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Hans van der Maarel

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Even with the disclaimer, I think that map should *not* have a scalebar and north arrow. Either that or a *much* more strongly worded disclaimer.

Then again, anybody who is serious about hiking in such areas ought to be aware of proper map use <_<
Hans van der Maarel - Cartotalk Editor
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Any hard requirements for a map and north arrow makes me upset beyond belief!

The important point is to communicate to the audience WHERE this map is, and the relationship to ground. This can be done in several ways, one of them through a north arow, there are other ways.

A scale bar is related but slightly different, and eaisier to justify...
Hugo Ahlenius
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1. Considering the north arrow is probably the most recognizable map object around, I think they are necessary because they inform the reader of the special geographical content... similar to how grammatical marks convey context in the written word. North arrows are a crucial part of the stage.

<br><br>This leads to one of my pet cartographic peeves - north arrows. Too often they show up on maps where they are only correctly along a single vertical line - think of a map of North America in a Lambert projection. Why even have it, especially when graticules are present? Even without any graticules or grid lines it isn't really necessary, unless the orientation of hte map is anything but north. I wouldn't say that people recognize a map as being a map because a north arrow appears. It may be recognizable but it isn't the first thing that people notice - in fact, it is probably one of the last. As with all things on a map - if it's not needed, don't include it!<br>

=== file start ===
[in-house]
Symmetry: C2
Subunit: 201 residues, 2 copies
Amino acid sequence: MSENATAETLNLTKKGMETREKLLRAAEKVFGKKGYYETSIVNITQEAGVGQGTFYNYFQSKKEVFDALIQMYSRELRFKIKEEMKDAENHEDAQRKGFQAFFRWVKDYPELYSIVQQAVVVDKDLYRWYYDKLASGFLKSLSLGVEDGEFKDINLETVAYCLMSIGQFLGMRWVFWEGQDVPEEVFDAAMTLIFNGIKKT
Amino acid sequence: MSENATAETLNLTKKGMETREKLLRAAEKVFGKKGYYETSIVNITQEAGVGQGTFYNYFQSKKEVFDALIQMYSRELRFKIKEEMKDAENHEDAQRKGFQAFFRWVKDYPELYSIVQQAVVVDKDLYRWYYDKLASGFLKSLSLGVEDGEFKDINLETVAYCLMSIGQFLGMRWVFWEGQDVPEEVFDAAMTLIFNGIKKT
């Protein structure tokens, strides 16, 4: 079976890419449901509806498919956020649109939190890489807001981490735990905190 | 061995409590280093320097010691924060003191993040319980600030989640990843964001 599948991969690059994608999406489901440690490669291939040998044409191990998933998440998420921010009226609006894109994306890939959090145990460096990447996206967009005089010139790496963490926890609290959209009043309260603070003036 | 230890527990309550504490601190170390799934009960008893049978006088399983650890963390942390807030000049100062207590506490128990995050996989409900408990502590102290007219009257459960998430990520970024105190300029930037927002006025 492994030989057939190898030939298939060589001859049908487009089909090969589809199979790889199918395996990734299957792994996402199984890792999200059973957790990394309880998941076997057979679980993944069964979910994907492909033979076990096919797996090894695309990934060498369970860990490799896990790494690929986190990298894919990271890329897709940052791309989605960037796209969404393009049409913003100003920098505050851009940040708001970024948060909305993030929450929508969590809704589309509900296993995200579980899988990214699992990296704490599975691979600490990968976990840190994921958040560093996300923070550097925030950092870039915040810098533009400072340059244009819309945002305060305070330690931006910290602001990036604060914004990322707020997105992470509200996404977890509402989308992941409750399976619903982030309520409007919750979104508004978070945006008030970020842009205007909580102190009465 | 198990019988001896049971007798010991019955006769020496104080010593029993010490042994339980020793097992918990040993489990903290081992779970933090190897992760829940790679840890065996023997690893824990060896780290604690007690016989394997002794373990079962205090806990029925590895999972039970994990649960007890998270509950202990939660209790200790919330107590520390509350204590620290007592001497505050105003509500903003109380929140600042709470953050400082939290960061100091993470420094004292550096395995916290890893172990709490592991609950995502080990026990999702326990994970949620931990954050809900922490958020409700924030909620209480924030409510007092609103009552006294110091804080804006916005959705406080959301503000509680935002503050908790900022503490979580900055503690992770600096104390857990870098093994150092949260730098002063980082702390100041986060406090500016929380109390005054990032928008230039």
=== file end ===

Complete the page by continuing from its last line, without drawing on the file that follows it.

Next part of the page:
<br>Our north arrow is also <a href="http://www.hedbergma...harrow.jpg">our company logo</a>. So even when we do have a <a href="http://www.hedbergma...nt.jpg">clearly conic projection</a>, we kinda gotta put it on there. I wince a little when I end up putting it off on the edge, but, well, there you are. I think this is a challenge for a number of map companies, where the north arrow is essentially an identity mark. <br><br>

Nat Case

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Having a north arrow the doubles as a company logo on the map I can understand (and forgive). Then there are always clients who insist on having one. Strangley, I find Education people want a north arrow on the map as well, to be used as part of their teaching I suppose. That makes sense on one level but on another it doesn't (i.e. when the north arrow is so obviously incorrect for most of hte map). Wouldn't it be more educational not to have a north arrow and then raise the question in class as to why it isn't there? Somehow, that doesn't seem to fly.



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When I do panoramic maps, I often use a 'compass bar' across the top for direction. The scale is suggested by the distances given to features from the viewpoint. For example, see


I really like the grand canyon map overall, but the north arrow and scale bar with disclaimer make little sense to me. Does anyone know who made it?


Casey Greene

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I'm with Map Media on this one. Map conventions are on a map by map basis...wait is that a contradiction?

Casey Greene
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